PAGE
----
Duckhorn Vineyards 2009 Napa Valley Cabernet Sauvignon is a vibrant red wine with amazing aromas of spearmint, violet, and blackcurrant. In the mouth, you’ll taste lots of fruit, such as blackberry, blueberry, chocolate and cola. This wine will cellar for many years to come where it will continue to evolve, but if you plan on cracking it open soon, here are four foods we suggest pairing it with.
Lamb Chops and Wine Pairing
Duckhorn Vineyards Napa Cabernet Sauvignon goes fantastic with rare to medium rare lamb chops. The reason why you don’t want to overcook your chops is that this wine needs plenty of fat and protein to soften the tannin in the wine. The fat and protein give this wine something to bite into, amazing you with how flavourful this combination is. The wine struts its stuff with the lamb, unleashing all the juicy red and blue fruit of this fantastic wine. Deep in this wine is a subtle mint flavour that is a natural complement to any mint jelly that might accompany your lamb chops.
Steak and Wine Pairing
While we all love steak, you’ll love it even more with Duckhorn Napa Cabernet Sauvignon. We suggest eating it rare to medium rare for the best pairing. As the fat and protein in the streak marry with the tannin in this wine, you’ll find each bite of steak simply melting in your mouth. You’ll never have a combination that’s so tender, juicy and sublime until you pair steak with this wine.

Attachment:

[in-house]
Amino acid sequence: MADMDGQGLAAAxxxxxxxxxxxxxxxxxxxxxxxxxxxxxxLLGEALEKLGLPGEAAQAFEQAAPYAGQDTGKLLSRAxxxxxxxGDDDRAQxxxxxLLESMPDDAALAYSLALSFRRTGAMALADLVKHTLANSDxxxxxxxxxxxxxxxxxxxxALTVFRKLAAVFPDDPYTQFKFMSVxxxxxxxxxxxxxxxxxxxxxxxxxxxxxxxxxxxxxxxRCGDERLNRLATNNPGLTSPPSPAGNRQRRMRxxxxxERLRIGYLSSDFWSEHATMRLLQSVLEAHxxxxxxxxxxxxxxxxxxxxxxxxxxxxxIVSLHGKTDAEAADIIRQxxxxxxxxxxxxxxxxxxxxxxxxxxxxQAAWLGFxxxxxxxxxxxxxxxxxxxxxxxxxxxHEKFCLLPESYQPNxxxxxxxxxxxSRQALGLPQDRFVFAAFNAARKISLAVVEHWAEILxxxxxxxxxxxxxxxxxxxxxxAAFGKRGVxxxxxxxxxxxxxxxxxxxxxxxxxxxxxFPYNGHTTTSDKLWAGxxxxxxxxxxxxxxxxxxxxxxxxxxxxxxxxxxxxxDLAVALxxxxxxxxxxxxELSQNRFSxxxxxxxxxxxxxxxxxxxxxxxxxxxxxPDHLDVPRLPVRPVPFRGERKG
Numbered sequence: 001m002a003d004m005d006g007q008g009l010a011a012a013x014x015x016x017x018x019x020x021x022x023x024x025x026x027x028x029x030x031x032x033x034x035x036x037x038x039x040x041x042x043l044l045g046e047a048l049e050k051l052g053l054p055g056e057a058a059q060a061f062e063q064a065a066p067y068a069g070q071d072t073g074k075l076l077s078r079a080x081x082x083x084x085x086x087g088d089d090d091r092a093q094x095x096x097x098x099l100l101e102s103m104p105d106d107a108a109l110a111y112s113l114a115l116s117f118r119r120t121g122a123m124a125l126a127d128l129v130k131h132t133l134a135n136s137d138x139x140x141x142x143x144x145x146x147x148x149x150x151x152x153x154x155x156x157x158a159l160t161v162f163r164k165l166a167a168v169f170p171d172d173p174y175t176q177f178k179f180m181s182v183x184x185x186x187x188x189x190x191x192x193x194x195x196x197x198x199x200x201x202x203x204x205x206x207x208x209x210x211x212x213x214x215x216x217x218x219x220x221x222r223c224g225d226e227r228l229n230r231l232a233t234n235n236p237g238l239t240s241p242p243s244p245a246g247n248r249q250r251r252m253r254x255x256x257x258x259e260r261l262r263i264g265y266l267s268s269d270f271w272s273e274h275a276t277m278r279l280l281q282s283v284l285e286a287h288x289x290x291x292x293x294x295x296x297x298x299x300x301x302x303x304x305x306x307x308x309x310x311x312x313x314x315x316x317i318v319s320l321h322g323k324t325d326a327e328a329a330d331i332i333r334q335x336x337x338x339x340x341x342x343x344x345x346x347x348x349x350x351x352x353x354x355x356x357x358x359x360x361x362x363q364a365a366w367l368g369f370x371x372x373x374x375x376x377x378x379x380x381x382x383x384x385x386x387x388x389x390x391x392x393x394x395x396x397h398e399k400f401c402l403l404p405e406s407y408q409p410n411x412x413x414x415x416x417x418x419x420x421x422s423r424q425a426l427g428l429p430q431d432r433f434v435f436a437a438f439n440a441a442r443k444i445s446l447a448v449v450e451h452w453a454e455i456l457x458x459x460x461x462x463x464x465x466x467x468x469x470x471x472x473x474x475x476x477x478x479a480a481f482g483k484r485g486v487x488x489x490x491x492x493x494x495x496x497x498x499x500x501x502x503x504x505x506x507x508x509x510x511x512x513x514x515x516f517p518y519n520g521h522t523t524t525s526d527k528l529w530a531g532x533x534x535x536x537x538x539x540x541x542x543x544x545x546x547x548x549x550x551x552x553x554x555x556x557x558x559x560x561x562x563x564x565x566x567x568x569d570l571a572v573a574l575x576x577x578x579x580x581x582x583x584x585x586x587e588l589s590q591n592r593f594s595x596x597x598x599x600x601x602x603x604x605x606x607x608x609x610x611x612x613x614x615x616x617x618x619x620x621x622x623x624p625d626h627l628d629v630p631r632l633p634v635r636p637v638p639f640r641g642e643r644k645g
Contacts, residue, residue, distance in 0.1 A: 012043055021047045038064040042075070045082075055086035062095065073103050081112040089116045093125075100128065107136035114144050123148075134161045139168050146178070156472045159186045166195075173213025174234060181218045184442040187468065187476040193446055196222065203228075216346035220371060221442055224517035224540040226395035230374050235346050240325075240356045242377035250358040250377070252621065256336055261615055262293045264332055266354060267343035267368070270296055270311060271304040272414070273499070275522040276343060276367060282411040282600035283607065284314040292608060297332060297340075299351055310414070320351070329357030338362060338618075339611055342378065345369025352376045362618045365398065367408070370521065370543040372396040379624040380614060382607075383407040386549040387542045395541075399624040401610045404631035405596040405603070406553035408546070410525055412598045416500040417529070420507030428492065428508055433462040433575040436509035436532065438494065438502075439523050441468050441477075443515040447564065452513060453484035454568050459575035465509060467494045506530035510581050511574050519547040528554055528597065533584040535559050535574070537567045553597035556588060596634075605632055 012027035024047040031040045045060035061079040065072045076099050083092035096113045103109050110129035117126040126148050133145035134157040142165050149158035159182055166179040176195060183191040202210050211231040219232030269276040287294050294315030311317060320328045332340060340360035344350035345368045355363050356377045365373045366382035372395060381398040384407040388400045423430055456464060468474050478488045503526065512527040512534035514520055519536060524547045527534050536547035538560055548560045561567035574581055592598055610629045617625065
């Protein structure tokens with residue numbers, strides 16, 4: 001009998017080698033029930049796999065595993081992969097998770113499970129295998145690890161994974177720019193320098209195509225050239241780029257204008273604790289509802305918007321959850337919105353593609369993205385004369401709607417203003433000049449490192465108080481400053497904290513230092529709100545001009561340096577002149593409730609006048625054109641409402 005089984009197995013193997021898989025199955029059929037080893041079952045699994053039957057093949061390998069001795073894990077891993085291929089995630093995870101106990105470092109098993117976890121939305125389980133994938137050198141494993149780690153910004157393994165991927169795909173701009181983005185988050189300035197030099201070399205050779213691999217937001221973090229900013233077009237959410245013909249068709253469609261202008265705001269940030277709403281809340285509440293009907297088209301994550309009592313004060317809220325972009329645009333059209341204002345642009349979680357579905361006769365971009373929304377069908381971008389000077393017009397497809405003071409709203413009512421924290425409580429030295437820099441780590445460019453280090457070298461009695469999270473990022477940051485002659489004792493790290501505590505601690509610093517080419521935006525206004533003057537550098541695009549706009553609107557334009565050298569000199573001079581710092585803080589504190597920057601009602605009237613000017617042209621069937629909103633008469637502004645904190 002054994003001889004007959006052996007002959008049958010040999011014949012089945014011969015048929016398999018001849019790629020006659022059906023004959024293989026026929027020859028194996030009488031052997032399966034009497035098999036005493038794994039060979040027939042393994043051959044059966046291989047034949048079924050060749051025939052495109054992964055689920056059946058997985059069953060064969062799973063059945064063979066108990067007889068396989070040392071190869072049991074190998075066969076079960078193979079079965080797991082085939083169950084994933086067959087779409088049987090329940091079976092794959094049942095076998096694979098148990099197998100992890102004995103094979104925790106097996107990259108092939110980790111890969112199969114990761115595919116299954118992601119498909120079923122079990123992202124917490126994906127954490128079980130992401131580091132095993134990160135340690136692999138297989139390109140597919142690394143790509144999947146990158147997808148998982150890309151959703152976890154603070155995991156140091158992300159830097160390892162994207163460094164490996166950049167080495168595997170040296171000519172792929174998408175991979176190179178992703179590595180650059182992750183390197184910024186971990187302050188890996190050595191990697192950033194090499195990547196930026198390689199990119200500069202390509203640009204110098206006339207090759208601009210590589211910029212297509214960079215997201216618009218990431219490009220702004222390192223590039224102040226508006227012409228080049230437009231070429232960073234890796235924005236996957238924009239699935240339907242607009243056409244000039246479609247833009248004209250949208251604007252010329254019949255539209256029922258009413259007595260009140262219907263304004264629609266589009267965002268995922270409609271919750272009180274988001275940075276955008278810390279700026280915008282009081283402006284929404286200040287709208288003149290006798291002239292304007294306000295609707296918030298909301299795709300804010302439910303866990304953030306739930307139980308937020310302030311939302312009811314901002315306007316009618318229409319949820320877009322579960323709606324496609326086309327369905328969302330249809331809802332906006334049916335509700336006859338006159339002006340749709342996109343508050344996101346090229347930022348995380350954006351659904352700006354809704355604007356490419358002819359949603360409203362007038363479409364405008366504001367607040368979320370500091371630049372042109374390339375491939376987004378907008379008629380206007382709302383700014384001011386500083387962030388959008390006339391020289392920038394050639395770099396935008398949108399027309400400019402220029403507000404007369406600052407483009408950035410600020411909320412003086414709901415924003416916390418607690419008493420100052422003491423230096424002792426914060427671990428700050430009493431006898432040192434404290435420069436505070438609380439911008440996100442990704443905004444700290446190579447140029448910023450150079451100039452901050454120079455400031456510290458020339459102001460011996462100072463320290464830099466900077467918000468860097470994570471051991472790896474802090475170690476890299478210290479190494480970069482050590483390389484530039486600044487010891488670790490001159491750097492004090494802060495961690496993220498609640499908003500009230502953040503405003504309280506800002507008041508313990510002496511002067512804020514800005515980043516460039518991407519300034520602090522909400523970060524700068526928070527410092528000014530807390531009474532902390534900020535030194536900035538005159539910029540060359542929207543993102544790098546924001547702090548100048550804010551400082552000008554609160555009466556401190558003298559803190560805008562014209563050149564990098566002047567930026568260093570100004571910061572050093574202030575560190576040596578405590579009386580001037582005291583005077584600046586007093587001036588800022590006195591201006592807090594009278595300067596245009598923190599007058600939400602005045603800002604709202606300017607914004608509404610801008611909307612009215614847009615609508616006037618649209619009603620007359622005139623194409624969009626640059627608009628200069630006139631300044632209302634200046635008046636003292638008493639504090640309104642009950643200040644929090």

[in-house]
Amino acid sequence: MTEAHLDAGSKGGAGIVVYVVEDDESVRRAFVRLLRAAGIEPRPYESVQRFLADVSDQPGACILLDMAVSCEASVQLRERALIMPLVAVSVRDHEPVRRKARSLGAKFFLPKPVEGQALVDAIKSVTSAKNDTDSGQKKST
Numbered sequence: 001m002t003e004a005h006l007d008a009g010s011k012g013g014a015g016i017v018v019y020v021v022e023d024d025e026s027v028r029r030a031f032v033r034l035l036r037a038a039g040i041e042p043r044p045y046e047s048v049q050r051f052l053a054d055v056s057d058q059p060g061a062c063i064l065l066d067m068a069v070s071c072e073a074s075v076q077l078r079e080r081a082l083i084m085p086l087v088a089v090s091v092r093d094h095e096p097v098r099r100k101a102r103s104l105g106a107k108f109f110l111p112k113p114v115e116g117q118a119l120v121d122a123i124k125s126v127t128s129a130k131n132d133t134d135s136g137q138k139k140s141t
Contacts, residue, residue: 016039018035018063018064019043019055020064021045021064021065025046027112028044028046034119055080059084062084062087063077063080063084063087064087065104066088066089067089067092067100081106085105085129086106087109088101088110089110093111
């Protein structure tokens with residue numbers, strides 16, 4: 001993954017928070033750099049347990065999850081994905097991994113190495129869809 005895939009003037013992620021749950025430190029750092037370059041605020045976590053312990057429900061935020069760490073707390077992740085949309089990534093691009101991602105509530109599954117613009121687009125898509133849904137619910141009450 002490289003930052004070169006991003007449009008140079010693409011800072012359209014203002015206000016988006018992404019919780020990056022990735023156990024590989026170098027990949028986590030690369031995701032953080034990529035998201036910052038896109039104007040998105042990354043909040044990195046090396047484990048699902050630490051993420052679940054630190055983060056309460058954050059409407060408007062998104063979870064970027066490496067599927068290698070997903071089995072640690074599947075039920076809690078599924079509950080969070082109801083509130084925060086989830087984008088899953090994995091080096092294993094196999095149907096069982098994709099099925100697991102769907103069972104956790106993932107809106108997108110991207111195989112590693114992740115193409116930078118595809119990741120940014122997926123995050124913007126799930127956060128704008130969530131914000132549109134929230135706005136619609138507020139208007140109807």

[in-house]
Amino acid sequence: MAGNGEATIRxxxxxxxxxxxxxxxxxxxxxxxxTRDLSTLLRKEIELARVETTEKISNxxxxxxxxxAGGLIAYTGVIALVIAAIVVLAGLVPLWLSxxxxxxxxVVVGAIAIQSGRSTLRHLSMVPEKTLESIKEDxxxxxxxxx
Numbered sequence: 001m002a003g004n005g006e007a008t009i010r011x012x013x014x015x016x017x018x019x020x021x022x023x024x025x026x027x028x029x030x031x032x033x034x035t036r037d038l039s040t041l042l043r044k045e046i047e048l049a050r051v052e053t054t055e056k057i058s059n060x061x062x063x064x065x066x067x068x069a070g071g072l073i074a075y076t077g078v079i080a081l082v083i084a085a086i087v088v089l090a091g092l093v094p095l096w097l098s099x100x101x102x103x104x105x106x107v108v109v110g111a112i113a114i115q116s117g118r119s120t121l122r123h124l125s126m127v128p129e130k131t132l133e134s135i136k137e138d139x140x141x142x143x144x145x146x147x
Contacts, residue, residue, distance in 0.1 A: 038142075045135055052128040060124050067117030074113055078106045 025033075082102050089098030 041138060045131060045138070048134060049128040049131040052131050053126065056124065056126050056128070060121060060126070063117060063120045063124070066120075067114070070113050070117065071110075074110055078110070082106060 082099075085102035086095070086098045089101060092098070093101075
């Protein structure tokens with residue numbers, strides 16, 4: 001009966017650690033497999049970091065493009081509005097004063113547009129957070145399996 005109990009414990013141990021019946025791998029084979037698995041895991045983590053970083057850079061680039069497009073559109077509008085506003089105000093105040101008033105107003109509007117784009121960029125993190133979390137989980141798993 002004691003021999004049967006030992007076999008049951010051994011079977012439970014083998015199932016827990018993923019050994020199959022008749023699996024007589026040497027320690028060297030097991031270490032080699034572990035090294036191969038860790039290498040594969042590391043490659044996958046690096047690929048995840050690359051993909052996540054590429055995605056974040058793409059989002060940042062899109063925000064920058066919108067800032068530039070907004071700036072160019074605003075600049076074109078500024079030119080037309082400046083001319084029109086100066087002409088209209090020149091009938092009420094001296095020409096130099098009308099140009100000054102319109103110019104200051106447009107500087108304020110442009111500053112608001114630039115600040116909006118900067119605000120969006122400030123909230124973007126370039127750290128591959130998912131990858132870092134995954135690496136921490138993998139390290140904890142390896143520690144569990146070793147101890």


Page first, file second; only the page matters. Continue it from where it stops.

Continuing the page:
Best Wine with Duck
It might seem either obvious or prophetic, but Duckhorn Cabernet Sauvignon is excellent with Duck. We prefer it with a duck that is accompanied with a fruit sauce. The juicy red flavours of this wine will merge well with the sauce and seem even juicier when enjoyed with the rich duck flavours. Our mouths are already watering as we imagine the blackcurrant, violet, and plum smells mingle with the roasted duck aromas in a cozy dining room.
Venison and Wine Pairing
Venison and Duckhorn Cabernet Sauvignon are a natural pairing. This is a big and bold red wine that blends well with the rich flavours of roasted Venison. A big dish such as Venison needs something with a lot of body to stand up against it, and the teeth staining berry flavours of this wine are a true match. Keep a bottle at your hunting lodge for when you snag that next catch.